Analysis of the data collected in the database

Analysis of the data collected in the database

In the frame of the EU project Restore, Reykjavik University is developing the 1st European database of chondral lesions morphometric and associated 3D models. Thanks to its partnership with the University Hospital Landspitali, 47 knees have been scanned since March 2019. Three different types of subjects have been recruited : 25 degenerative (D), 14 traumatic (T), and 8 healthy acting as control (C). This database will contain information regarding the different type of chondral lesions and the behaviour of the cartilage, based on Computed Tomography (CT) and Magnetic Resonance (MRI) images. Exhaustive measurements, regarding the thickness, the grading of the cartilage, as well as the presence of medical pathologies such as cysts, bone attrition, were performed on those medical images, for each patients, based on a robust radiological approach. It provides a complete overview of the patient‘s condition from those 2D images. 

On the 3D aspect, using high performing medical imaging software (Materialise, MIMICS), these images were processed in order to segment and dissociate the different part of the knee : femur, tibia and patella. CT and MRI acquisitions were taken positioning the patient knee in the same way therefore an accurate registration between the datasets was possible, in order to have in the same dataset bone and cartilage. The geometry is studied from this processed images.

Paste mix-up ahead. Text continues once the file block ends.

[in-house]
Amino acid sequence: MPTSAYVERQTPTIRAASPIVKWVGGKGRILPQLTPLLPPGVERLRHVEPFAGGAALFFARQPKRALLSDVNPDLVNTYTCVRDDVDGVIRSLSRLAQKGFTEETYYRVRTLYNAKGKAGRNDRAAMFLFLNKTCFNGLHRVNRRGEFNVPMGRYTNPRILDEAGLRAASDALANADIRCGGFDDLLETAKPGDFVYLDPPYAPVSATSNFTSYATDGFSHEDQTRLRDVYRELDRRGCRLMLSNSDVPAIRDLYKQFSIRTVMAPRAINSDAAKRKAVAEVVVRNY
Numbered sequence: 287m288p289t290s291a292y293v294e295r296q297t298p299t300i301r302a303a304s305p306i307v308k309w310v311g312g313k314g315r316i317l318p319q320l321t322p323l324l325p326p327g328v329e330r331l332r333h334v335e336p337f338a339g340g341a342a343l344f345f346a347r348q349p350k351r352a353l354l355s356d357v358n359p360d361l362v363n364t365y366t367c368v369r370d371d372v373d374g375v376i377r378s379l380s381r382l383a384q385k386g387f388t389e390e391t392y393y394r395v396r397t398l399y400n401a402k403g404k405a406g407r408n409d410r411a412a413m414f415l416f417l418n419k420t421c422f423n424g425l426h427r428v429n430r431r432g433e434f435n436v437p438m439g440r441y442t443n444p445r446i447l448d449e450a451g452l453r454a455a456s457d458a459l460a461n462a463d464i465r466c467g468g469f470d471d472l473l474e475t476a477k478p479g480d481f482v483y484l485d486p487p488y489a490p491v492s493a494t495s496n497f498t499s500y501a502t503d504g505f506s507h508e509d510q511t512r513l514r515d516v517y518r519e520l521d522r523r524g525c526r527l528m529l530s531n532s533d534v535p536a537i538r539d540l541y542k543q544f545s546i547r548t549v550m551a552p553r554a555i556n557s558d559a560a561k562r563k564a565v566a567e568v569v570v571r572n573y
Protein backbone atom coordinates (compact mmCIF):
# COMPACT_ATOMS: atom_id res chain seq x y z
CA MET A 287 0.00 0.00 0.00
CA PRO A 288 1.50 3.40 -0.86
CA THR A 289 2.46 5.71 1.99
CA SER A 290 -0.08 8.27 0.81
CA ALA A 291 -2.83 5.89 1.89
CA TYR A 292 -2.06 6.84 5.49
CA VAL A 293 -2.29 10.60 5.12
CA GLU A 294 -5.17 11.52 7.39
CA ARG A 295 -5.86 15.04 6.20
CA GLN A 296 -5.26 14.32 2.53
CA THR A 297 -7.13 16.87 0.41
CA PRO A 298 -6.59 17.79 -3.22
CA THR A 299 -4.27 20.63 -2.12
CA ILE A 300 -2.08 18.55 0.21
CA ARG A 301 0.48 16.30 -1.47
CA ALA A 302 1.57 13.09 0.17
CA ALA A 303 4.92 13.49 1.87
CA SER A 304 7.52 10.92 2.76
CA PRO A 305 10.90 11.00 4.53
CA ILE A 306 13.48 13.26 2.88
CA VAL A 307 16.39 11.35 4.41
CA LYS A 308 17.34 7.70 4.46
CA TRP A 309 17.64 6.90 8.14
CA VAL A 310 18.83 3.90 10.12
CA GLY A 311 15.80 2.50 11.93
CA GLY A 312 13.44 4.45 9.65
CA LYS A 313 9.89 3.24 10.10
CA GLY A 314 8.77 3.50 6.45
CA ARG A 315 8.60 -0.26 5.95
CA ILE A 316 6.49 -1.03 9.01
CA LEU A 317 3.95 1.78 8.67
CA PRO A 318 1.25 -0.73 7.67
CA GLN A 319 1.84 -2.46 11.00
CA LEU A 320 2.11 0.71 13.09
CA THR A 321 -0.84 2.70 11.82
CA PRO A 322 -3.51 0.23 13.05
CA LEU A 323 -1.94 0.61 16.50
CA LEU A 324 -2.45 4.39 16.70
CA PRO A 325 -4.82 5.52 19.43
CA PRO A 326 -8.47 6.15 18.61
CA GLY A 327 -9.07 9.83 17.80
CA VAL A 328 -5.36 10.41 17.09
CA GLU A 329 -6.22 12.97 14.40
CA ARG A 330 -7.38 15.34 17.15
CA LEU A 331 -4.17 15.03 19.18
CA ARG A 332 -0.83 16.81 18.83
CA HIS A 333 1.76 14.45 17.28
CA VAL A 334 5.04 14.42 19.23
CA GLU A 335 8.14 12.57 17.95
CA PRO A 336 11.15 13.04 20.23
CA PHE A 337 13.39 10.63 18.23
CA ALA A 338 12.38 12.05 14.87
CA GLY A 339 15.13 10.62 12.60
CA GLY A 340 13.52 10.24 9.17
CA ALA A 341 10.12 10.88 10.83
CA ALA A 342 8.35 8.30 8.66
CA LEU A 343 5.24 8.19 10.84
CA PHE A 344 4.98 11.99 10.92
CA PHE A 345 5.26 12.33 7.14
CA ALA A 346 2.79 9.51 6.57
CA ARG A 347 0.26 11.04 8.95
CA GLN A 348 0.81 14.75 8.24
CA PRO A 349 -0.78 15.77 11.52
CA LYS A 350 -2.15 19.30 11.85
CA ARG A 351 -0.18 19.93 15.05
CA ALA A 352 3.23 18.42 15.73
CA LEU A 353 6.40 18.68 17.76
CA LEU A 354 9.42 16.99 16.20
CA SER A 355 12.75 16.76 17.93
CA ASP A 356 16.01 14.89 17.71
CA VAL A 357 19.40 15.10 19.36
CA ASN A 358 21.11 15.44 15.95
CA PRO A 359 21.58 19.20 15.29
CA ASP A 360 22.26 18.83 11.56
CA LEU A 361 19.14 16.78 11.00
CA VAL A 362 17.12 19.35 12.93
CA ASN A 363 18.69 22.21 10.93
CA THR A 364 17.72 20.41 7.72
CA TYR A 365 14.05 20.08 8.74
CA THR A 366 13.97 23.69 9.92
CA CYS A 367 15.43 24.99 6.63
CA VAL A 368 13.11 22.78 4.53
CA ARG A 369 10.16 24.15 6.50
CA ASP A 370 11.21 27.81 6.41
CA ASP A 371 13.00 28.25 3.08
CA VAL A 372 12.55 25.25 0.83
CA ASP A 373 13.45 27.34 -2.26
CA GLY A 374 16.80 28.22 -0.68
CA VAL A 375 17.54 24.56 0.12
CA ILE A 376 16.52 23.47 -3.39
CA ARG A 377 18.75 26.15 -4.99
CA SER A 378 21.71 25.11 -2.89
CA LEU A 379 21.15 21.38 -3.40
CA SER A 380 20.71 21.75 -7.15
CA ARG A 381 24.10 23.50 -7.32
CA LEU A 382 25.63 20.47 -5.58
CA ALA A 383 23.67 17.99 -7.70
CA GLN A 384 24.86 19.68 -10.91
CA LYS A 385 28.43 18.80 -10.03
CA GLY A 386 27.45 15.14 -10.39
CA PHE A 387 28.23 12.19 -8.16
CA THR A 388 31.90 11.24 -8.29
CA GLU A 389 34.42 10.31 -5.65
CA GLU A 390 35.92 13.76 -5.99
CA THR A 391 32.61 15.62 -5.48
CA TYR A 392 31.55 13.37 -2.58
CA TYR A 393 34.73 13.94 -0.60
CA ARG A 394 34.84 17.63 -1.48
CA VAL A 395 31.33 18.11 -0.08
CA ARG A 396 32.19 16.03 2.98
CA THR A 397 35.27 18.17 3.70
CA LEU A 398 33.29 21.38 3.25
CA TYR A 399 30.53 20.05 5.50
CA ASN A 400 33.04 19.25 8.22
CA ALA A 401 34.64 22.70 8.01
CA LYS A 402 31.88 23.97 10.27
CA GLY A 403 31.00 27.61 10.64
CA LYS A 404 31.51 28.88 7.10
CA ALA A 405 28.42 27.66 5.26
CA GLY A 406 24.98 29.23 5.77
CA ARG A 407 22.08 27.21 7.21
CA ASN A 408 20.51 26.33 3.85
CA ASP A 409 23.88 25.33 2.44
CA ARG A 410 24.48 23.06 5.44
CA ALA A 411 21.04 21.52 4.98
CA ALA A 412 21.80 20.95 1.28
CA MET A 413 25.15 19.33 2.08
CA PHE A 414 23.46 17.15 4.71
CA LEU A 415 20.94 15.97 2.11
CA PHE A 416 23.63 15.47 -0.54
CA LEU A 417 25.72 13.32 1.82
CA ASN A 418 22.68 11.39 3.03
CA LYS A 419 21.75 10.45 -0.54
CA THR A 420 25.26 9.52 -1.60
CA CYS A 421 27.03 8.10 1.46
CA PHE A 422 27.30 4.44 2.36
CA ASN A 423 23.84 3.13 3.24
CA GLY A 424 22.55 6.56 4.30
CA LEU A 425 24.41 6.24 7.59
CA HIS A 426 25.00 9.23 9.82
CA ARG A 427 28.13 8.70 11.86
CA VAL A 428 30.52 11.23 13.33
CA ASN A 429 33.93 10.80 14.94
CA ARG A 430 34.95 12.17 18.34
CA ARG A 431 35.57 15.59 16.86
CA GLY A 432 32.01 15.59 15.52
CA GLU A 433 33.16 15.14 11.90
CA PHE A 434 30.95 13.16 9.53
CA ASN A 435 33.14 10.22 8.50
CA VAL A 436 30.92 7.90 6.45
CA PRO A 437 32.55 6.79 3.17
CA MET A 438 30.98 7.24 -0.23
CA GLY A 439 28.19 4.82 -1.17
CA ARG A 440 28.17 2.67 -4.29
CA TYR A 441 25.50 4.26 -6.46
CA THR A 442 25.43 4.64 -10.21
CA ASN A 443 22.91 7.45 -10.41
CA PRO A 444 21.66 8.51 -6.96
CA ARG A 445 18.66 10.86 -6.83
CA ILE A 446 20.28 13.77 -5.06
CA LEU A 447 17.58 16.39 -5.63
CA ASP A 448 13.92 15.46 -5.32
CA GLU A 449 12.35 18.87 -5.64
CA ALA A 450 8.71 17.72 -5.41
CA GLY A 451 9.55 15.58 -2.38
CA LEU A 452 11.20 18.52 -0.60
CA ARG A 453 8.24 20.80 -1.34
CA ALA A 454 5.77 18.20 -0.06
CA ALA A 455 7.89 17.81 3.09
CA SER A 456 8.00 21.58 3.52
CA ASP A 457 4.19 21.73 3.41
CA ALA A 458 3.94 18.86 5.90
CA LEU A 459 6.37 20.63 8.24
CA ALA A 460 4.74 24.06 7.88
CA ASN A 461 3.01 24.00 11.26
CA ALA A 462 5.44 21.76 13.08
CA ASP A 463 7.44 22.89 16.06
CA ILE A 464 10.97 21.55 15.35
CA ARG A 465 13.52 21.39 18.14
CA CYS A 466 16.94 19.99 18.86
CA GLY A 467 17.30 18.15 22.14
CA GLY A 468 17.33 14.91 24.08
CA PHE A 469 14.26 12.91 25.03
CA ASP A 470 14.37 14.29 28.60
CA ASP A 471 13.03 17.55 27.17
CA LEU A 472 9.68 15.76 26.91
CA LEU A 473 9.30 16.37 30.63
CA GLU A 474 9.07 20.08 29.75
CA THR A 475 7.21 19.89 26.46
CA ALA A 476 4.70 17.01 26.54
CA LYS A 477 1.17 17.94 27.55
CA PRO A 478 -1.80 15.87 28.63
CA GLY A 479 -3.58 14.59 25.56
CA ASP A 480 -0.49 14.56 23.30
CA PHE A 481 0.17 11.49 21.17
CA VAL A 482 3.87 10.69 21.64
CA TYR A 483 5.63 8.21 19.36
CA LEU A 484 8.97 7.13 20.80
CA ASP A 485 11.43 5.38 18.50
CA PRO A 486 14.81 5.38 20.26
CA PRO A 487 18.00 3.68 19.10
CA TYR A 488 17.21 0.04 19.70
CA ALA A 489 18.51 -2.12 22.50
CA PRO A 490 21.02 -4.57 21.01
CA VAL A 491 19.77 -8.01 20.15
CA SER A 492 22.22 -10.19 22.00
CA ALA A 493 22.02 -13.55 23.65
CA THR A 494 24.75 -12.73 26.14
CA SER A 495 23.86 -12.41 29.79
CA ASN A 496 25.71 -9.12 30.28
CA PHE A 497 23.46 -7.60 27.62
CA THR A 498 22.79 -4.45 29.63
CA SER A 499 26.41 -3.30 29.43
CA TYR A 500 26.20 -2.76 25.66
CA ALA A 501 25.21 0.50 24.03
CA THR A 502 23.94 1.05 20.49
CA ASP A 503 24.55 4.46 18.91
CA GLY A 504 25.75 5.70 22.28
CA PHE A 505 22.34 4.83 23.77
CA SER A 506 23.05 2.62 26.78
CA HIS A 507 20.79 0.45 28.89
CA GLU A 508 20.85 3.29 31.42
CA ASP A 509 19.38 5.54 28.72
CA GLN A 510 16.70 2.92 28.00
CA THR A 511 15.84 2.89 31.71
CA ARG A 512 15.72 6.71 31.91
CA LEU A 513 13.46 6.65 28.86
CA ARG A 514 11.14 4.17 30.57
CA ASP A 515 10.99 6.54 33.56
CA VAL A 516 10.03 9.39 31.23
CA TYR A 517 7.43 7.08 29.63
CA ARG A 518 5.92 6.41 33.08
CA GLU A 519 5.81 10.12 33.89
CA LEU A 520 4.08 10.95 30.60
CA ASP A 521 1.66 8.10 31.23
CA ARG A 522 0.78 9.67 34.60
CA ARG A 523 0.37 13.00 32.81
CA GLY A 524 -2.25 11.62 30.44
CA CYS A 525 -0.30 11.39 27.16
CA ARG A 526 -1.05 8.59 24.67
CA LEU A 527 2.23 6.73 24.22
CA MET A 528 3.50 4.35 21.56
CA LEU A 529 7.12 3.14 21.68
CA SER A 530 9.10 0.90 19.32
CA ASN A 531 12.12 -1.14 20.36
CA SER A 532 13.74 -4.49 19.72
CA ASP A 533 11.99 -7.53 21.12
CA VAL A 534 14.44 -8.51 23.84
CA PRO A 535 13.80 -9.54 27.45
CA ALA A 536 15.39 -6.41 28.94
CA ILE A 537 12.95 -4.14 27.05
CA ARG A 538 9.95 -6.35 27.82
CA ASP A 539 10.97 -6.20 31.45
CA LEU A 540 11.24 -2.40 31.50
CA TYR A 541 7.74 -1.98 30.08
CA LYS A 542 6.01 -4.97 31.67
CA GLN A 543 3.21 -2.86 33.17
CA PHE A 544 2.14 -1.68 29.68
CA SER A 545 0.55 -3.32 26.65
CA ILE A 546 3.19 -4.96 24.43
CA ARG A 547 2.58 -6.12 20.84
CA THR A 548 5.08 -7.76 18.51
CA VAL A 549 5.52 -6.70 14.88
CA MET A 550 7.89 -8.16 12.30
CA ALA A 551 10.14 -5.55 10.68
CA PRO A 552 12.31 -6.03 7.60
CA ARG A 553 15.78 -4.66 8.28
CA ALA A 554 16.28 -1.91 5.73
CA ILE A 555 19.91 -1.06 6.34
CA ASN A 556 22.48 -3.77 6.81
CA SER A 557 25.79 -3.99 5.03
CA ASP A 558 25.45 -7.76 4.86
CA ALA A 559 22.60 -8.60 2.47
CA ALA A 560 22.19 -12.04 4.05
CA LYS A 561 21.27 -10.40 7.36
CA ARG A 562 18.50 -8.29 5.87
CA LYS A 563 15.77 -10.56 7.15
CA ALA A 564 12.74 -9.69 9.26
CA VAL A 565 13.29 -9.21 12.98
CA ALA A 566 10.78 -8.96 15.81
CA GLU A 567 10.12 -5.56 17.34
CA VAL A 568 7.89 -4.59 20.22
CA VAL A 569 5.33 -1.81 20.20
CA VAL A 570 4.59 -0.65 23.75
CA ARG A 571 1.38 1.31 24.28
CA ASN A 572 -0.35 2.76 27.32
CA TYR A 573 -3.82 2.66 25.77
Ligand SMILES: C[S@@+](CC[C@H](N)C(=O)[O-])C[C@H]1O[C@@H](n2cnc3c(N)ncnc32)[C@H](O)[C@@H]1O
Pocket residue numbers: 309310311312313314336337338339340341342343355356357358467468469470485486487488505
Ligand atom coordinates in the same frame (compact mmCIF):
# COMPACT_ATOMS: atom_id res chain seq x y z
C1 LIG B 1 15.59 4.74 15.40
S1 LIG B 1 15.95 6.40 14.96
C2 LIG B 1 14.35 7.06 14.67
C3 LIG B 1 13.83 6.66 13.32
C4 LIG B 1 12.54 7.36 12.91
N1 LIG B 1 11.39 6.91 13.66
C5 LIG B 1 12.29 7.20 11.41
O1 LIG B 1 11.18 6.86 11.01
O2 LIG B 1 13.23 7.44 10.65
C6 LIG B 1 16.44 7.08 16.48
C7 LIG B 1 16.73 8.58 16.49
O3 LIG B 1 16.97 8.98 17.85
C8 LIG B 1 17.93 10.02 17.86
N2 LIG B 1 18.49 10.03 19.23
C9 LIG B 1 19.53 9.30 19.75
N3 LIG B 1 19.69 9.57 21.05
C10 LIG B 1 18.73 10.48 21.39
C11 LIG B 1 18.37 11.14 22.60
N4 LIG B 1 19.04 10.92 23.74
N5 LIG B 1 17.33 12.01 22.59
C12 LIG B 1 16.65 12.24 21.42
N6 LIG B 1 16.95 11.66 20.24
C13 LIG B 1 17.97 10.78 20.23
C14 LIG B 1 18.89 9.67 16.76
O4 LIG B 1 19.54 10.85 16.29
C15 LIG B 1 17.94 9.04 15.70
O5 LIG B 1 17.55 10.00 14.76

From this final dataset, we extract information about density and volume : the mean value of Hounsfield Unit (HU), a scale to quantify the radiodensity, is computed for each bone and cartilage part. This enables us to conduct preliminary analyses that will be displayed in the database. Figure 1 shows the first results of the cartilage density analysis.

Figure 1 – Cartilage density analysis for the tibia, femur and patella, for each group : degenerative (D), traumatic (T), and control (C). 

Those first results show that the D group globally have the less dense cartilage, which is something that can be expected. The C group have a subsequent higher density in the tibia, and the T group a higher density infor the patella and the femur. The T group is globally a young population that suffered an accident, so is having a cartilage that is healthy before the accident. The medical images were taken a few days after the accident, meaning that the impact on the cartilage is not clearly visible yet. It is then not surprising from those preliminary results to observe that the D group is having the lowest density, which is to be expected from our hypothesis. 

In the frame of this study, a novel approach is developed to assess the cartilage condition studying the thickness. Using a CAO software (3matic, Materialise), a wall thickness analysis (figure 2) is performed for each cartilage. This gives us the voxel distribution over the thickness (figure 3). From this distribution, we aim to create a thickness index, associated to presence of holes, to assess and grade the cartilage status.